In todays hot-headed presidential debate, former Charisma editor J. Lee Grady says it might be better for some of us to keep our mouths shut. He explains why.
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The world is littered with small cults, but a much larger one is growing in the United States. J. Lee Grady says numerous Americans are following this new "religion." Are you one?
There is much negative talk among Christians today about the habits and values of the emerging generation, but J. Lee Grady is encouraged about the future of the church after meeting these upcoming leaders.
Many Christians today are deeply discouraged about the condition of our country. Former Charisma Editor J. Lee Grady offers prayer points for a national revival.
A big percentage of ministry funds from the U.S. go down the drain because of corruption. Former Charisma Editor J. Lee Grady offers simple guidelines to help Christians make wise giving decisions. Don't miss this.
J. Lee Grady explains how a visit to a leper colony in India brought him face-to-face with his unwillingness to love.
When was the last time you complained about something material? Find out what J. Lee Grady says Third World children can teach Western Christians about Christ.
Please dont ignore the mandate to disciple young people, J. Lee Grady pleads. He says our lack of discipleship of youth has created a generational breakdown. Find out what he thinks the solution is.
A breakthrough is waiting for those who persevere. If you've stopped praying, J. Lee Grady encourages you to receive fresh grace to pray again.
The church doesnt have to stay stuck in a time warp. The Holy Spirit can help us change.
Chris Oyakhilome, a popular African preacher with questionable credentials, is sparking international concern.
The election of a black leader for the Southern Baptist Convention is a huge step forward. But we still have a long way to go.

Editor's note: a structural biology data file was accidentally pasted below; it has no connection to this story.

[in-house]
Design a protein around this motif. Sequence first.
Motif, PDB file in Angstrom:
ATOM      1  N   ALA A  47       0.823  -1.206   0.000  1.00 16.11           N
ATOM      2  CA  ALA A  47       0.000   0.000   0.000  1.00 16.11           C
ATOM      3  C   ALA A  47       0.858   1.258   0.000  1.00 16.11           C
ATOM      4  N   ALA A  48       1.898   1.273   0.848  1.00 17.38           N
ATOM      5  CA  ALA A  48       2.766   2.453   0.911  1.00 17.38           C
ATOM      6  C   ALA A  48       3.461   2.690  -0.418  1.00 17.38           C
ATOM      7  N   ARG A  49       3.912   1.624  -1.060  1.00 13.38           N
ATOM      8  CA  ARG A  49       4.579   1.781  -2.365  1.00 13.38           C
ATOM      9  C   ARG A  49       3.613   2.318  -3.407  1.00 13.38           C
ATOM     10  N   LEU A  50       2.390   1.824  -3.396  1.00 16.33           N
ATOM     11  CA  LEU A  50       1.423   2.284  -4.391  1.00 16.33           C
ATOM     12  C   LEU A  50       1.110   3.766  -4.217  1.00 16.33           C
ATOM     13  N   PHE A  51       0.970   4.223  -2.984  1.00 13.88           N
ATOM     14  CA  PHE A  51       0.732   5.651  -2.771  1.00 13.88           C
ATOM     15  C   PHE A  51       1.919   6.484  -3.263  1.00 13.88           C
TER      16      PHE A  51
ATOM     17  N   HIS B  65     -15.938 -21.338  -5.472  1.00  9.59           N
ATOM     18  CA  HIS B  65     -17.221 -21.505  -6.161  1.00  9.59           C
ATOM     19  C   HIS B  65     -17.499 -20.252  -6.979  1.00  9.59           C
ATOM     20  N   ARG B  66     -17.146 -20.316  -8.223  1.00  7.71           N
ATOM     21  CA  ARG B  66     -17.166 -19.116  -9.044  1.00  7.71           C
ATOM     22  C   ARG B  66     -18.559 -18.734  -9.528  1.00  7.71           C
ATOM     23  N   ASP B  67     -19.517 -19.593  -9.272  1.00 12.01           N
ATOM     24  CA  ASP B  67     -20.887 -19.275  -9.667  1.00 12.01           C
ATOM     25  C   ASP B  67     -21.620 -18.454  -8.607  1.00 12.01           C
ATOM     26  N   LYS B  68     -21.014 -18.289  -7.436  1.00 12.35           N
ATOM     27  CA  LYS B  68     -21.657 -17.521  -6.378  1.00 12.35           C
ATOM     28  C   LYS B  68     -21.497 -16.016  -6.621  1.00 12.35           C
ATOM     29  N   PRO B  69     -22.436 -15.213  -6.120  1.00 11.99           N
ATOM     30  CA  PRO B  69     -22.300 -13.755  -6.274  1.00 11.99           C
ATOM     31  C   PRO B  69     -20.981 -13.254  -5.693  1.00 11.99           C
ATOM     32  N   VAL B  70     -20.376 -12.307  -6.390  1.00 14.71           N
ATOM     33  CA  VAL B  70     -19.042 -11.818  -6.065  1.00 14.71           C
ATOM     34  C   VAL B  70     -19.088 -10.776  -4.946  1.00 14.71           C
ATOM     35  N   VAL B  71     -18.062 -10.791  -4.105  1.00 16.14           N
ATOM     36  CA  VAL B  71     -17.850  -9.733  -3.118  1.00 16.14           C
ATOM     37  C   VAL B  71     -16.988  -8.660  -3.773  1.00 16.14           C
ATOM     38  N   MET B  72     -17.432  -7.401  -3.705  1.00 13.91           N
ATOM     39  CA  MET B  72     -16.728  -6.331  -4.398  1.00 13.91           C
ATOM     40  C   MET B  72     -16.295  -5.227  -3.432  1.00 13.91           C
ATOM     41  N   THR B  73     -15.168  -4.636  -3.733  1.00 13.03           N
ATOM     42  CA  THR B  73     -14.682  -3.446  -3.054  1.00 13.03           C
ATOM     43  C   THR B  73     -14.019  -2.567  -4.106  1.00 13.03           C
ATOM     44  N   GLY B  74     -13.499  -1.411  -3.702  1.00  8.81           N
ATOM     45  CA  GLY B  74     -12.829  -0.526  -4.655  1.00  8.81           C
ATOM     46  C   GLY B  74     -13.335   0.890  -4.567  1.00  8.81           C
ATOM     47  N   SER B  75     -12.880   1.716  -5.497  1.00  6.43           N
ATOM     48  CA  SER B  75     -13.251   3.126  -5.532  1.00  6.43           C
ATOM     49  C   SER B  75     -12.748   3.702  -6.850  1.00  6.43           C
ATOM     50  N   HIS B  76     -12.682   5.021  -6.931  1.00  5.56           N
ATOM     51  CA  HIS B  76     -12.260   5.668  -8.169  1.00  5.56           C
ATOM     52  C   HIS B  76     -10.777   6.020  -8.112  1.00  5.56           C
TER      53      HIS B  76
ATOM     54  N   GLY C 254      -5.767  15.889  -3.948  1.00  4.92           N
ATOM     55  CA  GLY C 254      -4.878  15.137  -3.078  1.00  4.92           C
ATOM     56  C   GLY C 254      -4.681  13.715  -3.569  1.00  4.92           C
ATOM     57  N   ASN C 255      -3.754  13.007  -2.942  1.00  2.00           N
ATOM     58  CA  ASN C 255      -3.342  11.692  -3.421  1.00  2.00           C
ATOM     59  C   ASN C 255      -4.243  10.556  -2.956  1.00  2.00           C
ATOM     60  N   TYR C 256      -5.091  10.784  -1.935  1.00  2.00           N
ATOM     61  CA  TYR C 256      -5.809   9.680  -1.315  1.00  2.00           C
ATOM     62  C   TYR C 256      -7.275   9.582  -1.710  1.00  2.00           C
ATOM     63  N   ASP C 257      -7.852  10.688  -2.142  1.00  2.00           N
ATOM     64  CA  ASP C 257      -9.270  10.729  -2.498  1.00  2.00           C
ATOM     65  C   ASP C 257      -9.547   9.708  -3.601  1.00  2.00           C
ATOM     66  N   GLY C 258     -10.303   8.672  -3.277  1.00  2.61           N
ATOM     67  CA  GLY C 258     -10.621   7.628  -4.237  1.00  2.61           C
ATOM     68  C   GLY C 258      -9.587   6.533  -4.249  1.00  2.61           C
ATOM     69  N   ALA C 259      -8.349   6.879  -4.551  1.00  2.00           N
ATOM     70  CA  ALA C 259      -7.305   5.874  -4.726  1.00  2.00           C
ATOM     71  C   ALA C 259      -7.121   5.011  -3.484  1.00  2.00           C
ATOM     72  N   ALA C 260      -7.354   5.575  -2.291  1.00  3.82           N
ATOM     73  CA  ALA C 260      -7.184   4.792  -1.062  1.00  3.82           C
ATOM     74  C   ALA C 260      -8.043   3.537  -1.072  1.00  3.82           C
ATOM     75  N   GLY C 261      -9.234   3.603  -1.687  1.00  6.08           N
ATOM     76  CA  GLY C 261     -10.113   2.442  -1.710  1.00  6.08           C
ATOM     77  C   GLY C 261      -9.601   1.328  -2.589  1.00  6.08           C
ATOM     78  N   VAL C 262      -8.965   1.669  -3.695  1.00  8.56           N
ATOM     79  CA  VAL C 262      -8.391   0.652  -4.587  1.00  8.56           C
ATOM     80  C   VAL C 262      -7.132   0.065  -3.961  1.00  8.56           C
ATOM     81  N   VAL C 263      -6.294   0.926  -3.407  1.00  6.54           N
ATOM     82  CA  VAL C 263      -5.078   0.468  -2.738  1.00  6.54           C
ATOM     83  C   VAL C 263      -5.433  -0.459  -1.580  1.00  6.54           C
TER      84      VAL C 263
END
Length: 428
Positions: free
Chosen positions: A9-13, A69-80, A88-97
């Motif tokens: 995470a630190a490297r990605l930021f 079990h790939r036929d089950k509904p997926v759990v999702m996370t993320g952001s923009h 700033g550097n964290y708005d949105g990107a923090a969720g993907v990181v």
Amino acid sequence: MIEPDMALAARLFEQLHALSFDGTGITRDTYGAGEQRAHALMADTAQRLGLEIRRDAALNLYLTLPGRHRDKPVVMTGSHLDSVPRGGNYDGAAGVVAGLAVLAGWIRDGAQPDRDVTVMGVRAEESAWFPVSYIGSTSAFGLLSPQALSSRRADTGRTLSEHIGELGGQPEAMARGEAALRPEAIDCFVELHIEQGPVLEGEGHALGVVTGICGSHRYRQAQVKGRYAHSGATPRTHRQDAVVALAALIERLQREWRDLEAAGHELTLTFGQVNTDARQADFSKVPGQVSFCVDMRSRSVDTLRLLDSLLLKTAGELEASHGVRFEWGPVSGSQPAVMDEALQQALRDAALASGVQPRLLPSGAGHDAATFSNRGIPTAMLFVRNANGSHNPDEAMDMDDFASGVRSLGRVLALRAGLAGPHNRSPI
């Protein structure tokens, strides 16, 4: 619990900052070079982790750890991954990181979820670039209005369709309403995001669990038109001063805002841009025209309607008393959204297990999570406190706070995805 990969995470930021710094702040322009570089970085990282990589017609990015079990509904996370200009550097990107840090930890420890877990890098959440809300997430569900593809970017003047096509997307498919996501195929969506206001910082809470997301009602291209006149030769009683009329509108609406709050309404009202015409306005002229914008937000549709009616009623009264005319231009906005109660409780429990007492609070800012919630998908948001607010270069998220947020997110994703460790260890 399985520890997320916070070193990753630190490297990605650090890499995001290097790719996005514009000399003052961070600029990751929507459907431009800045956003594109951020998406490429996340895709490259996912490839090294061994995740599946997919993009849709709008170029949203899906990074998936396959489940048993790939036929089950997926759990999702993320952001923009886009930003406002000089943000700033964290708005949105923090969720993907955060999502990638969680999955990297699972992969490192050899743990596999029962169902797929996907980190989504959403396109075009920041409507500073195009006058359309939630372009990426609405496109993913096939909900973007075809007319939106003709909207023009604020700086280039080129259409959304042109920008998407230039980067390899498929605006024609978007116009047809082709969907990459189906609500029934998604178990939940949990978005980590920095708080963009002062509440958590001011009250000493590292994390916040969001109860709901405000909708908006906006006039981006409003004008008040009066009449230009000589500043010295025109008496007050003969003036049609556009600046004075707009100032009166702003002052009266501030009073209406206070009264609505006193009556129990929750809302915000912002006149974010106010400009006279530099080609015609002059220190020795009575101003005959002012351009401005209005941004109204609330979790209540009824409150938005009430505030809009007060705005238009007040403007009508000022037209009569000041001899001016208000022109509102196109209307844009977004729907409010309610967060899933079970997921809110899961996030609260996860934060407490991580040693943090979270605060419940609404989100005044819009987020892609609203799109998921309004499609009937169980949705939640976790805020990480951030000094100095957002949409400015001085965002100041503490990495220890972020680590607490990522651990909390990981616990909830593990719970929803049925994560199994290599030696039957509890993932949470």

Dont rush to judge Creflo Dollar. But dont rush to judge his teenage daughter, either.
The Bible tells men to treat their wives as equals. But in a machismo culture, this is easier said than done.
Whenever I travel to Latin America I usually carry a pair of handcuffs in my suitcase. I use them as a visual aid when I’m preaching about the machismo attitude that is so prevalent in that region. I remind everyone in the audience that esposa, the word for wife in Spanish, is the same word used for handcuffs.
Esposas. Why would the word for wife be the same word for a form of bondage? Because women in many Latin countries suffer unthinkable abuse in the home. Puerto Rico, where I spoke last week, has one of the highest rates of domestic violence in Latin America, and many women die there every year at the hands of their partners.
I’d rather invest in a few emerging leaders than preach to crowds of thousands. Here’s why.
Once when I was traveling in India a pastor made a tempting proposal. “If you come to our city, we will stage a big evangelistic campaign and invite thousands,” he said. “You can preach to all of them.” This man assumed I would be intrigued. After all, I could take photos of the big crowds and use them to brag later about how many people made decisions for Christ.
I didn’t accept the offer. Instead I gave the man a second option. “Let me spend three days with a small group of pastors,” I said. “Let me encourage them, and then they can go out and preach at the big meetings. They will do a much better job than I could.”
Pentecost’s power is more than wind, fire and supernatural hoopla. Without love it is just noise.
What’s the first thing that comes to your mind when you hear the word “Pentecostal”?
A. · · A woman with a beehive hairdo, support hose, Granny shoes and no makeup?
B. · · Someone rolling on the floor while speaking in tongues uncontrollably?
C. · · A slick-haired televangelist in a white suit who begs for donations?
D. · · A sour-faced Christian who looks like he just sucked all the juice out of a lemon?
E.···· A sincere Christian who passionately loves God and people and believes in the supernatural power of the Holy Spirit?
I wish we all could answer E., but we Pentecostals have an image problem. I’m not ashamed of the word itself, but I don’t use it as a label because the bad stereotypes (A., B., C. and D.) have just about ruined it for the rest of us. Many people associate Pentecostals with dry legalism, fanaticism, charlatanism and downright hatefulness.
In the days leading up to the Global Day of Prayer, let’s bombard heaven on behalf of the United States.
Twelve years ago a South African businessman, Graham Power, felt God nudge him to organize a prayer gathering in the city of Cape Town. About 45,000 Christians responded to the call by jamming into a rugby stadium in March 2001 to intercede for their nation.
That was the beginning of the Global Day of Prayer, an event that will likely involve millions of Christians in 220 nations on Pentecost Sunday, May 27. This year organizers are encouraging people to extend their prayers for 10 days prior to the event, beginning on May 17. They are also urging pastors to fuel the prayer with sermons about the necessity of the Holy Spirit’s power.